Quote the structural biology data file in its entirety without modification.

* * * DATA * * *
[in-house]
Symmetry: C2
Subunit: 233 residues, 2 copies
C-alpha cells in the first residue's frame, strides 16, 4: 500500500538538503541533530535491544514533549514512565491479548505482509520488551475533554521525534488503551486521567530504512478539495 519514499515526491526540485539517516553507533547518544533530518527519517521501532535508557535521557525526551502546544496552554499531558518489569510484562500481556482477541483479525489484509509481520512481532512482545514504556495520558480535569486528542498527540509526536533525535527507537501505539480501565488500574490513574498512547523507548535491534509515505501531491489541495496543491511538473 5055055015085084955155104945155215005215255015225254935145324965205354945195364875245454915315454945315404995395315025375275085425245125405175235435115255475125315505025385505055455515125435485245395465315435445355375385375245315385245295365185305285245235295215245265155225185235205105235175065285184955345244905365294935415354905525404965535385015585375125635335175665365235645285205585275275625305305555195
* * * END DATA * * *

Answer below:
[in-house]
Symmetry: C2
Subunit: 233 residues, 2 copies
C-alpha cells in the first residue's frame, strides 16, 4: 500500500538538503541533530535491544514533549514512565491479548505482509520488551475533554521525534488503551486521567530504512478539495 519514499515526491526540485539517516553507533547518544533530518527519517521501532535508557535521557525526551502546544496552554499531558518489569510484562500481556482477541483479525489484509509481520512481532512482545514504556495520558480535569486528542498527540509526536533525535527507537501505539480501565488500574490513574498512547523507548535491534509515505501531491489541495496543491511538473 5055055015085084955155104945155215005215255015225254935145324965205354945195364875245454915315454945315404995395315025375275085425245125405175235435115255475125315505025385505055455515125435485245395465315435445355375385375245315385245295365185305285245235295215245265155225185235205105235175065285184955345244905365294935415354905525404965535385015585375125635335175665365235645285205585275275625305305555195